Game Warden Had Flown Out To Assist A Colleague Who's Snowmobile Broke Down
The NTSB has issues a probable cause report in an accident in which a public use airplane went down in a snow squall in March of last year. The game warden/pilot had flown out to assist a colleague who's snowmobile had broken down on a frozen lake, and the weather deteriorated during the return flight. The investigation found no pre-impact mechanical difficulties with the aircraft, though the board said that it was unable to say for sure that all the instruments were working when the plane went down.
NTSB Identification: ERA11GA207
14 CFR Public Use
Accident occurred Thursday, March 24, 2011 in Ashland, ME
Probable Cause Approval Date: 04/02/2012
Aircraft: CESSNA A185F, registration: N724MT
Injuries: 1 Fatal.
The pilot was employed as a state game warden, and, on the day of the accident, he was on patrol in the ski-equipped airplane when he received a radio call from another game warden whose snowmobile was stuck on a nearby frozen lake. After landing on the lake and assisting another game warden, the pilot departed on the accident flight, presumably to return to his home base.
The other game warden reported that, immediately after the airplane departed, the visibility was reduced to less than 1/2-mile due to snow. Postaccident analysis of position information recovered from a portable global positioning system (GPS) receiver showed that the airplane flew for about 10 minutes after takeoff at a relatively constant GPS altitude of about 1,500 feet mean sea level, or about 200 to 500 feet above ground level (agl). Shortly before the accident, the airplane turned left, away from its previously established course, toward a frozen lake along the route. During the final moments of the flight, the airplane entered a right descending turn from about 300 feet agl. During this time, the airplane was in an estimated 40-degree right bank, and its descent rate increased to in excess of 3,000 feet per minute.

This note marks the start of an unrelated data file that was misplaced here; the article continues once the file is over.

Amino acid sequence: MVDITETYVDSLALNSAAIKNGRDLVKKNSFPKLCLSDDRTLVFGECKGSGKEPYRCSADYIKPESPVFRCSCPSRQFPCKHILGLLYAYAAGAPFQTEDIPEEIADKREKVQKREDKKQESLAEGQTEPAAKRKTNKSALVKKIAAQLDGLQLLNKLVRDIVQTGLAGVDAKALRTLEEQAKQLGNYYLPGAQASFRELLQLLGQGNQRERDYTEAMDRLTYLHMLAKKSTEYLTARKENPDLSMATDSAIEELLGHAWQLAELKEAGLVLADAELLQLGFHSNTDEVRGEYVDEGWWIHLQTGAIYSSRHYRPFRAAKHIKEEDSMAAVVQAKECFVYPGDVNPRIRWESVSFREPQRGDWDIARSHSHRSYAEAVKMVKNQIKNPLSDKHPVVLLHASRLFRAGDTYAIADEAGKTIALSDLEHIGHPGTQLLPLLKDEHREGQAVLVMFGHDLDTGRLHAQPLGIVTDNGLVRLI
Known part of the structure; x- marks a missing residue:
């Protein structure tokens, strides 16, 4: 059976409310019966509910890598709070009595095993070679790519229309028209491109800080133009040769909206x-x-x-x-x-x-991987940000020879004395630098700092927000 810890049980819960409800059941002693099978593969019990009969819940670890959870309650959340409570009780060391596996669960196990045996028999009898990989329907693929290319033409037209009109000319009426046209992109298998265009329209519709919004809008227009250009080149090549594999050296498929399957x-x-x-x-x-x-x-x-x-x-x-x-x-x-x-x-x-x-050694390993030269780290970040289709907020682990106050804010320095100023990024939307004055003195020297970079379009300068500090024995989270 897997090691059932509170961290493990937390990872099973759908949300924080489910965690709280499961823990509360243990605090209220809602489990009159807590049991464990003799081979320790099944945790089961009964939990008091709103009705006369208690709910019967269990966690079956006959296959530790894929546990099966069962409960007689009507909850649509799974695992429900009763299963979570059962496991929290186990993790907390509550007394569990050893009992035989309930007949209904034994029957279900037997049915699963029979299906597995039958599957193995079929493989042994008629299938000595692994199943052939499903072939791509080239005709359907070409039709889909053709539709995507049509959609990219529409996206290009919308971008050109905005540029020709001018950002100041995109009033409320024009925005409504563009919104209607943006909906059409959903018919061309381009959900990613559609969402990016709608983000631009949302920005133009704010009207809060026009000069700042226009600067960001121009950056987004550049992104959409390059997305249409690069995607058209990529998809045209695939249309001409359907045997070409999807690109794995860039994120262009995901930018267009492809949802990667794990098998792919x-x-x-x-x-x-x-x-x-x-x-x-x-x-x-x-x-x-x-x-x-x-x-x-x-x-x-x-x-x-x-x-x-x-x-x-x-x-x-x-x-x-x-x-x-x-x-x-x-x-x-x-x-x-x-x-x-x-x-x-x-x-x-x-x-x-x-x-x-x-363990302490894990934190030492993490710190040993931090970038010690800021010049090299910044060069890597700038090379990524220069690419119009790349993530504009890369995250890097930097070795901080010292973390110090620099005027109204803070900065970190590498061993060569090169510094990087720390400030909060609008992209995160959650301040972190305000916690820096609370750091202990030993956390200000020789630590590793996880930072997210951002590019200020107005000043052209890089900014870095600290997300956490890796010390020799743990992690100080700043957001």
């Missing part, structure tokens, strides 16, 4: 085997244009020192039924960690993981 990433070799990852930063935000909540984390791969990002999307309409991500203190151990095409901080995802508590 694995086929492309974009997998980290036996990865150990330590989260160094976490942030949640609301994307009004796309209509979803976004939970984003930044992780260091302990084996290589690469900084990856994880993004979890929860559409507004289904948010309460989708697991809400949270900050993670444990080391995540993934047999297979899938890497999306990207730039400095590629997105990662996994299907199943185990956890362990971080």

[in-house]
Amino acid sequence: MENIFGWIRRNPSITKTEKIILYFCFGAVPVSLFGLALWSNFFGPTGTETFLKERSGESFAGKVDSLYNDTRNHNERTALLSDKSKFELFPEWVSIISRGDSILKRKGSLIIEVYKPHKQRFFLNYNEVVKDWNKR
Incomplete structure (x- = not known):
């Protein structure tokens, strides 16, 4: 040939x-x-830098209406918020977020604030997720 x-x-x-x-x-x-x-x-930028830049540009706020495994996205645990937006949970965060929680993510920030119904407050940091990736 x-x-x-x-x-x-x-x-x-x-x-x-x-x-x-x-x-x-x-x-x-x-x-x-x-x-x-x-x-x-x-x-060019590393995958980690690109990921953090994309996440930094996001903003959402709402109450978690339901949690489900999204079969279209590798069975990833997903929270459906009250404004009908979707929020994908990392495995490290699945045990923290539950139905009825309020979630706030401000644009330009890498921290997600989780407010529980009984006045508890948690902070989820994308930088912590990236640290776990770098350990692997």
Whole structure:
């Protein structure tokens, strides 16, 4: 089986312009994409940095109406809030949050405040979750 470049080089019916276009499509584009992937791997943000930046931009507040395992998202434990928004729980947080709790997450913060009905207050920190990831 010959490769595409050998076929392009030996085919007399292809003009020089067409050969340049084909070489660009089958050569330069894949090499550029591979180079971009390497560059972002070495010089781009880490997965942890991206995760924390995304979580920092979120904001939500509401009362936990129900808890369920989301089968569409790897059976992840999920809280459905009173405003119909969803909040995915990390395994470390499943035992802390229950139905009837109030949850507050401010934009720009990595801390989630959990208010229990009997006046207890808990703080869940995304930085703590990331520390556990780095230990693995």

Examination of the accident site revealed ground scars and airplane damage consistent with the established descent profile continuing to impact. Examination of the wreckage revealed no evidence of any preimpact mechanical malfunctions or failures, although the definitive operational status of the vacuum-driven instruments could not be determined. Analysis of weather information and witness statements were consistent in depicting conditions likely to have produced restricted visibility and possible whiteout conditions in a snow squall over the area at the time of the accident. These restricted visibility conditions would have been conducive to the development of spatial disorientation, and the airplane’s turning ground track and rapid descent were consistent with the pilot losing control of the airplane due to spatial disorientation.
The National Transportation Safety Board determined the probable cause(s) of the accident to be an inadvertent encounter with localized instrument meteorological conditions, which resulted in spatial disorientation and a loss of control.